To the person reading this – I want to have a heart-to-heart, RedHawk to RedHawk. There has been so much information thrown at us this year from all different kinds of sources. I feel overwhelmed and exhausted, probably the same as you. Our feelings of frustration can’t overpower our sense of compassion right now. There’s nothing wrong with experiencing a lot of emotions – you wouldn’t be human if you weren’t feeling that way.

So, how risky is it? This is a big question among Miami students. How risky is it for me to live in the dorms? Or go to King? Or even go uptown to Skippers? We are happy to see these questions – it’s important not to let your guard down during this time. It’s our choice how this school year will pan out. 

Those at higher risk should be more cautious when considering public situations. Luckily, most of the restaurants in Oxford have takeout options!

But as a rule of thumb, here are seven risky situations to avoid:

Physical distancing is difficult or impossible.

Assess whether or not you can maintain 6 feet of space between yourself and people you don’t live with. If you can’t maintain 6 feet of distance, it’s probably best to leave or avoid that space.

People aren’t wearing face coverings.

Y’all – this is the BARE minimum. Face coverings protect you from exposure and can reduce the chance you’ll spread the virus to others if you are asymptomatic or presymptomatic. Also: it’s required. Any two or three-ply cotton face covering that covers the nose and mouth will work. Wash your hands before you put on your face covering and after you take it off. If you wear a reusable face covering, wash it regularly! Watch for a blog post coming soon about the different types of face coverings to learn more about your options.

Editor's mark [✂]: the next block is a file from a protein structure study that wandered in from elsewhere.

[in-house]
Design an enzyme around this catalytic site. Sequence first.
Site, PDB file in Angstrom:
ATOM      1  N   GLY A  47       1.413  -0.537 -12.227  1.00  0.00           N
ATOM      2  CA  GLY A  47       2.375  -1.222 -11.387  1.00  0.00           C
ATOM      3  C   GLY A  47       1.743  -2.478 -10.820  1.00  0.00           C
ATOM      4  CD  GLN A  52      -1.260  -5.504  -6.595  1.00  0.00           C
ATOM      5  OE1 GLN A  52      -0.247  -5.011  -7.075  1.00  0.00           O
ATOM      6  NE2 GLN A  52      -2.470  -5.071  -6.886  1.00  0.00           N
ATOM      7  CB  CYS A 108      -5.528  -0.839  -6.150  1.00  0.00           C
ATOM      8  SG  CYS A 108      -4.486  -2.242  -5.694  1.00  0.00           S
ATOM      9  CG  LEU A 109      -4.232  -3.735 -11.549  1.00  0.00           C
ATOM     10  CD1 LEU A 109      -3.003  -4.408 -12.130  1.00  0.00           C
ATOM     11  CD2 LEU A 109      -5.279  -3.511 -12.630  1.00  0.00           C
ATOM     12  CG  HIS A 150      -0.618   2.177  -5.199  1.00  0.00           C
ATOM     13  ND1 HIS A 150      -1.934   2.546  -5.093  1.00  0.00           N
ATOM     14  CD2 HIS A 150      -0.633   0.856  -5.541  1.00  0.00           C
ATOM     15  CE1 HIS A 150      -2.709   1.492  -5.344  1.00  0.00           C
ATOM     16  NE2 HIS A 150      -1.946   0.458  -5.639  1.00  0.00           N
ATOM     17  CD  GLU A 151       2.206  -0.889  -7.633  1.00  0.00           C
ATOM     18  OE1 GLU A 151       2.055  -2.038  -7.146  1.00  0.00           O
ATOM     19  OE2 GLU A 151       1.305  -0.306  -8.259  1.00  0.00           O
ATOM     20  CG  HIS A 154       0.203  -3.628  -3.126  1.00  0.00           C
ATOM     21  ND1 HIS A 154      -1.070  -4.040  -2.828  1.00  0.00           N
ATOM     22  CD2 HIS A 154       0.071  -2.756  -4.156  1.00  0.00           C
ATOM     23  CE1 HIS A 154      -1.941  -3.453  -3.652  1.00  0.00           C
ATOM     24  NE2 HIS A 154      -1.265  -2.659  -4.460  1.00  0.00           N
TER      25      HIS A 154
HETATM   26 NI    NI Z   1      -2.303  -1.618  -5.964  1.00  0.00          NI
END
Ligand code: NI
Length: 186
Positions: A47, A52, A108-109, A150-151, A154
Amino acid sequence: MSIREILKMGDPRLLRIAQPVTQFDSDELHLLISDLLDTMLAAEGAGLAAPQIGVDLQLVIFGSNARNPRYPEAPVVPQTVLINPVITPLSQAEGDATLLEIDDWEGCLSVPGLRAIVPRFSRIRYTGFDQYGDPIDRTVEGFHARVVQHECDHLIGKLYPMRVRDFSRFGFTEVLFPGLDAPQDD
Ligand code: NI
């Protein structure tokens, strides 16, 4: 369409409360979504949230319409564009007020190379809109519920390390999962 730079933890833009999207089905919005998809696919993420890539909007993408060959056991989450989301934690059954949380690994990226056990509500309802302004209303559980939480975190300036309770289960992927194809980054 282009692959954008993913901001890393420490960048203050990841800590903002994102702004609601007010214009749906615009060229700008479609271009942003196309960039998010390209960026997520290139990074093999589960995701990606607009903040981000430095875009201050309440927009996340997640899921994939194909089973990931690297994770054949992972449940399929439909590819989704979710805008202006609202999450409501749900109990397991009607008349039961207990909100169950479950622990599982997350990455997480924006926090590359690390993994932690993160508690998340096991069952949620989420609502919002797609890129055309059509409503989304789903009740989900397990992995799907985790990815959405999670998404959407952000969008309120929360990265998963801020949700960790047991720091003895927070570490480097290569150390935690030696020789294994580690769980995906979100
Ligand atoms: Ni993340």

You’re inside.

Outdoor activities are generally safer than indoor activities. If you are going to hang out with a small (emphasis on small!) group of friends, do it outdoors where you can maintain space. Eating inside a restaurant is riskier than eating outside. If you are going to a restaurant, pick one with outdoor seating (and Oxford is expanding patio options all the time!).

Photo Credit: Enjoy Oxford

You’re in contact with people you don’t live with.

Sit down with the people you live with and decide what you will consider your “Oxford family.” There are 8 people total in my Oxford family – we maintain communication about our whereabouts and are on the same page about health/safety. Sustained contact (more than 15 minutes) with those who aren’t in your Oxford family is a higher-risk situation than any form of brief contact. For example, stopping to talk to someone while you’re out walking is riskier than just walking by and waving hello.

There are a lot of people around.

We are all craving social interaction, but please avoid large social gatherings. Restrict your circle to a small group of people you trust. If you end up hosting friends, follow these guidelines:

  • Limit to 10 people or fewer. That’s TOTAL people; it includes you and your roommates.
  • Hang out outside
  • Keep chairs 6 feet apart
  • Have a designated guest bathroom
  • Ask friends to bring their own snacks/drinks

People are yelling, laughing, or singing without masks on.

Talking, yelling, exercising and singing can spread infected respiratory droplets.

Food isn’t individually served / packaged.

People sharing food utensils and congregating around areas where food is laid out can pose a risk. Avoid buffet-style serving situations. And this goes for drinks too, friends. Sharing beverages is a hard “NO.”

This is not okay!

Channel what you’re feeling into being responsible and accountable. Take precautions, listen to the experts, and have productive conversations with your friends. Our situation will get better. But the matter of how soon is up to you and me. 

Love and Honor.

Kathryn Moir | Marketing & IMS

7 steps to identify risky COVID-19 situations: Nebraska Medicine Omaha, NE. Retrieved September 01, 2020, from